That rest of the comment describes something that would bring back a labour market like that in earlier times, or in developing countries now, in which people have separate subsistence resources and they could (can) sustainably bid wages down lower than survival levels as they only need top up wages. When you hear about poor people in poor countries living “on” less than $1 a day or whatever, that is plain nonsense. They are living on that plus separate resources, which is still poor but nothing like as bad (in fact, impossible) as is made out; the cash wage is a very necessary top up, but not the sole means of survival.

    Incidentally, people should be careful about throwing terms like “shmibertarian” around. I know people with the surname Smibert, and there’s the chance this could cause offence.

  20. Let’s eliminate the minimum wage from the lexicon, and while we are at it, kill off wage stickiness too.

    That could be achieved by having a realtime measuring system for the wages paid in any job category. If some unemployed bum (probably all their own fault that they lost their job in the downturn, hey?) wants a crack at a job on offer – let’s say it’s to be lavatory cleaner in the Royal Adelaide Hospital’s dysentry wing – then they must submit an electronic offer on e-JobBuy. You enter the nominal hourly amount you are willing to work for, and if you have the minimum offer and meet all other criteria, you get the job. Basically an auction, albeit with *decreasing* price offers.

    But here is the good bit, if you’re the boss! As these wage offers get submitted within a given job category, for that job type anywhere, a minimum hourly wage is recorded for each hour throughout the day. The boss only has to pay you the minimum wage for any given hour, for that hour; *and*, all other employees currently in that job category! No more sticky wages! You are bidding for *everyone*, isn’t that great!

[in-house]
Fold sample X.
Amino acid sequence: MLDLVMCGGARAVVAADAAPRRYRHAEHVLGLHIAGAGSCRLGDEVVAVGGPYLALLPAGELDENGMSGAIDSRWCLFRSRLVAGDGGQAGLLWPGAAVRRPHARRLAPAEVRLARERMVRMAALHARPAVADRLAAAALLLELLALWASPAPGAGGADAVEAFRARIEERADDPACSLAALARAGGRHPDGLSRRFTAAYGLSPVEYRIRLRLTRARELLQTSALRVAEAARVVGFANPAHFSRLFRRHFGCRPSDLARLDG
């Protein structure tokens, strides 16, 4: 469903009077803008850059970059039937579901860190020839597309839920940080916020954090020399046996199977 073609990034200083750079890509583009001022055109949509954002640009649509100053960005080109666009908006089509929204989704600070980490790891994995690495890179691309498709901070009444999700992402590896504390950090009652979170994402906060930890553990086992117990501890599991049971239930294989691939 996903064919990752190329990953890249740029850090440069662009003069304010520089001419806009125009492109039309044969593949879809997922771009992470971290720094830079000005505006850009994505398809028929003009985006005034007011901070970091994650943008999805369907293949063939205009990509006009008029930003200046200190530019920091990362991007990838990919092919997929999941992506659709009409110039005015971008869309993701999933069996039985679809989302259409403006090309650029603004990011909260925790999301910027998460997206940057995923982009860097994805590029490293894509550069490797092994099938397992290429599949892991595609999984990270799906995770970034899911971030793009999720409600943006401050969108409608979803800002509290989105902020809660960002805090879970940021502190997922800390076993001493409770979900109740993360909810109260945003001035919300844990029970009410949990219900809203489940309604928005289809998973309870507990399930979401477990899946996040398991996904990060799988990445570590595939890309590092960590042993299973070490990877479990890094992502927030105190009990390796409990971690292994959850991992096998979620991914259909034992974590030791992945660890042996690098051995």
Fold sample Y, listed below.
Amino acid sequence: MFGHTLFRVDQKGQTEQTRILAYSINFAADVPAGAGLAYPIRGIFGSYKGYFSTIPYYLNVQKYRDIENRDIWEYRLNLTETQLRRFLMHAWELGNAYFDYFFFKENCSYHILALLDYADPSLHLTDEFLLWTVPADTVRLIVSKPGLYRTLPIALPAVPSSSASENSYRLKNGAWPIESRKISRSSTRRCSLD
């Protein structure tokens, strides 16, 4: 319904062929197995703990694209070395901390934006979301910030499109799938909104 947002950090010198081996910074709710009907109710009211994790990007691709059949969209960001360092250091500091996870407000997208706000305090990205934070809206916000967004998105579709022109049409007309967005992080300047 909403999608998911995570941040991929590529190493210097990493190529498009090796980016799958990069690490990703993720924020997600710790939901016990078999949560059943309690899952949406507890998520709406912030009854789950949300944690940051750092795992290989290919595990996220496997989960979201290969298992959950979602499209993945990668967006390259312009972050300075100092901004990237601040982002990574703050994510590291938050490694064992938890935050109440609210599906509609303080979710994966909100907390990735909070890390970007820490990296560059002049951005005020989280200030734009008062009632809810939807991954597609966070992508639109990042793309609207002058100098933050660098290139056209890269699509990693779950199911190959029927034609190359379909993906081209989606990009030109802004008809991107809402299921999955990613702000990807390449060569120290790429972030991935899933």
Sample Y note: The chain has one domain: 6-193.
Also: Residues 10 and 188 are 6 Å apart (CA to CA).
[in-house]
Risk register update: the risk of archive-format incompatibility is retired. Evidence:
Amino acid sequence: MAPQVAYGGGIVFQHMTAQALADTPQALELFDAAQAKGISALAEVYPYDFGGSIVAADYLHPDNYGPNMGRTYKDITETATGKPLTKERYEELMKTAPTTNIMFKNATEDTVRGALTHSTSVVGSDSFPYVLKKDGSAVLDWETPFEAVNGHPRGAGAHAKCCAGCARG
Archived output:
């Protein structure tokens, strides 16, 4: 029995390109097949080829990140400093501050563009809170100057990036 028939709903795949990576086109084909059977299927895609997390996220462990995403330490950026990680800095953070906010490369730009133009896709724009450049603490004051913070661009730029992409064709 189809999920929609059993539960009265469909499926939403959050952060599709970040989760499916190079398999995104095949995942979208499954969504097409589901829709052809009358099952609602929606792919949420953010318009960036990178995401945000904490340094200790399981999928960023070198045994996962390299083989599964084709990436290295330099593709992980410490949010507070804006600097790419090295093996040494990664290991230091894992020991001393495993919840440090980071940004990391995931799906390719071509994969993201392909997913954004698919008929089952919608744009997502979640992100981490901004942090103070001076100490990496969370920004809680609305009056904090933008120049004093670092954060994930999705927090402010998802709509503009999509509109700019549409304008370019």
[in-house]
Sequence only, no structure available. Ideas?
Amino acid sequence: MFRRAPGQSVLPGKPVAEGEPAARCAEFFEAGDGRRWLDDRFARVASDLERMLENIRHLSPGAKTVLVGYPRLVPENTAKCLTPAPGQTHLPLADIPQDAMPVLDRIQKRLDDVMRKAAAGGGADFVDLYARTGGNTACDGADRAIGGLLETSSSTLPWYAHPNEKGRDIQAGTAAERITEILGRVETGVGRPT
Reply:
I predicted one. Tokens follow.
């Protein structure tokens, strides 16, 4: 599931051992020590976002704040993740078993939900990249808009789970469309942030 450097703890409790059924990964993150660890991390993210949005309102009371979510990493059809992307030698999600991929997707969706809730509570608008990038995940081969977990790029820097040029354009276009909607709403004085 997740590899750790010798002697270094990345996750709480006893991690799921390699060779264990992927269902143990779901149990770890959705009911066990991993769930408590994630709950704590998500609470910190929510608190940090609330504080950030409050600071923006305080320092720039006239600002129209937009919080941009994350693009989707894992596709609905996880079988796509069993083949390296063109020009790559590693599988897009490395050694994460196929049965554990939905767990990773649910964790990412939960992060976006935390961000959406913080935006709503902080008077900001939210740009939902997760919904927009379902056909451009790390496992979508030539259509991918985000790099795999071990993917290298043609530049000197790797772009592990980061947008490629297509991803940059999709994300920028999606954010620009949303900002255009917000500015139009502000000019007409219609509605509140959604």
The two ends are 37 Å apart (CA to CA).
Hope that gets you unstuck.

Finally, what if people don’t have enough experience for a given job? And what about the fact that $0 per hour is a nominal minimum wage? Well, allow negative wages! That is, someone in need of experience may offer to work for a negative wage; and if they are successful, all other workers receive that minimimum negative hourly wage too! (Just don’t get caught being the would-be-employee who submitted the minimum wage…)

    Of course, we trust bosses not to submit capricious wage offers themselves – that wouldn’t be nice.

    Apologies in advance if I have lowered the tone of the discussion.

  21. PM says “I know people with the surname Smibert, and there’s the chance this could cause offence.”

    LOL!

  22. TerjeP wrote “Ikonoclast – your implicit claim to moral superiority is obnoxious.”

    TerjeP, I do indeed hold the opinion that my social-democratic and economic views are morally and logically superior in many supportable and demonstrable ways to libertarian views. I hold that view without apology.

    I’m sure each one of us (other than psychopaths and sociopaths) believes his or her view set to be morally and logically superior to competing views. Otherwise, we could not hold to our own views with any integrity or strength. In other words, we all carry an implicit claim to moral superiority in the very act of holding personal views.

    Libertarians are free to think I am obnoxious because I turn up my nose at their toxic nostrums for society. If libertarianism “ran” the world, the processes and outcomes would be indistinguishable from anarchy.

  23. Ikonoclast – it was your pretence to morally superior motives that I found obnoxious. Not your claim to a morally superior worldview. I take the latter as a given for the reasons you outline above.